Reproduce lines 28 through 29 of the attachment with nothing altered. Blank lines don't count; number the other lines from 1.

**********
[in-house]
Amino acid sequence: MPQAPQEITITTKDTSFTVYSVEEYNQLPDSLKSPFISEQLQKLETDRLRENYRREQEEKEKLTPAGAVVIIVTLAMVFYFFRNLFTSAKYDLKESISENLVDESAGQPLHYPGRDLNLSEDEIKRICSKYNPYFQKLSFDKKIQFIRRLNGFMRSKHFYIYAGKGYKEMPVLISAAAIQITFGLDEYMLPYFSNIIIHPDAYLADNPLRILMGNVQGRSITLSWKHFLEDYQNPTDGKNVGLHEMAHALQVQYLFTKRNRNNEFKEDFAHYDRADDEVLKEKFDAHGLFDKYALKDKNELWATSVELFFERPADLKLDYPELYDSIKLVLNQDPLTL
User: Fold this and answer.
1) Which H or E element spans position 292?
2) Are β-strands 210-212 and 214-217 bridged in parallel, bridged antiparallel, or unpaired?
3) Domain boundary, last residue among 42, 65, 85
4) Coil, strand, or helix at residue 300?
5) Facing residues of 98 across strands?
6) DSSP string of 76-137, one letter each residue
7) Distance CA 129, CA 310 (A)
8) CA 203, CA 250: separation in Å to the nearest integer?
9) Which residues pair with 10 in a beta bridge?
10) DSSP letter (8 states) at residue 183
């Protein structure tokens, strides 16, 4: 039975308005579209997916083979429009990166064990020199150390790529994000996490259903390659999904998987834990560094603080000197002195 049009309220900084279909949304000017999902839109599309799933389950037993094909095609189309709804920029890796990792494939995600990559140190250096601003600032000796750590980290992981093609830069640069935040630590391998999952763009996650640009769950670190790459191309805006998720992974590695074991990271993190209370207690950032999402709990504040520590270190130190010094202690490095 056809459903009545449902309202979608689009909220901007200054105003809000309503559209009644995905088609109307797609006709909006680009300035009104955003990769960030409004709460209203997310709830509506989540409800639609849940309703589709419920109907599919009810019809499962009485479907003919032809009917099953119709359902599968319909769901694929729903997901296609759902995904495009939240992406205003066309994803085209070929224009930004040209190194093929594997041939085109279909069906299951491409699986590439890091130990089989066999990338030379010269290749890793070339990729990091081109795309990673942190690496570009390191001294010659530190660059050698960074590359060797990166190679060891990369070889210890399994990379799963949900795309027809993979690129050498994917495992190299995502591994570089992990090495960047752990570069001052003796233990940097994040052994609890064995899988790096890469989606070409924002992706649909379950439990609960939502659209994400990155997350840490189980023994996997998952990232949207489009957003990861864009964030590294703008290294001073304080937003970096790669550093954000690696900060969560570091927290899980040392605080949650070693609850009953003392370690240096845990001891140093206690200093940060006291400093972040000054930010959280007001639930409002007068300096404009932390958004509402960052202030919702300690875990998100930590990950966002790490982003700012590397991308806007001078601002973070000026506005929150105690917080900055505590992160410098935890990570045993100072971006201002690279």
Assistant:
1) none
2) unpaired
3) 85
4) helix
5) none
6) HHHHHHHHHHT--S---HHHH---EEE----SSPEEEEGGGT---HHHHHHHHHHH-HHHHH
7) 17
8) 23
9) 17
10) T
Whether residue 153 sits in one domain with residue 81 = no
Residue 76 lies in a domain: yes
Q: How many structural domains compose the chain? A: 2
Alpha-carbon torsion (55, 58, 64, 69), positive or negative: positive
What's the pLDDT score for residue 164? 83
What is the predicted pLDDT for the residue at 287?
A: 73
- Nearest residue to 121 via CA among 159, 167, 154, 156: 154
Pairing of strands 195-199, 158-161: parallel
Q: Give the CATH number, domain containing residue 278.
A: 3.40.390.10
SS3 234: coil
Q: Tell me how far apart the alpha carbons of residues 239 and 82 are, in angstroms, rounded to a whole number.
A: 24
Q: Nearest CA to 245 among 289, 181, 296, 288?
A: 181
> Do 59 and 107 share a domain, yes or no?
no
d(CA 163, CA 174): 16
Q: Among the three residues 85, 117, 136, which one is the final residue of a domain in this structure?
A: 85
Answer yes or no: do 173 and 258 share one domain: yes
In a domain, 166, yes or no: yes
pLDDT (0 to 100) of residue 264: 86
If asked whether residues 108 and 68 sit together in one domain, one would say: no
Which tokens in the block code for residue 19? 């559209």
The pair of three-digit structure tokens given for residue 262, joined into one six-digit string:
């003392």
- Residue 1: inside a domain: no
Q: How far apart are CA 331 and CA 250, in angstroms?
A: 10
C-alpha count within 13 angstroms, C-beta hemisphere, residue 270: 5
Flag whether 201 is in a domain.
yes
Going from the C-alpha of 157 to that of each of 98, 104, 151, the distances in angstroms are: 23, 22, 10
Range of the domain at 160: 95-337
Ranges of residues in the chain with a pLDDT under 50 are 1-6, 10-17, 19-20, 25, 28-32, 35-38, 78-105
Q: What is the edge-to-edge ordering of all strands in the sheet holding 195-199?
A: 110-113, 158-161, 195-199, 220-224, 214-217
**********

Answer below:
Q: How many structural domains compose the chain? A: 2
Alpha-carbon torsion (55, 58, 64, 69), positive or negative: positive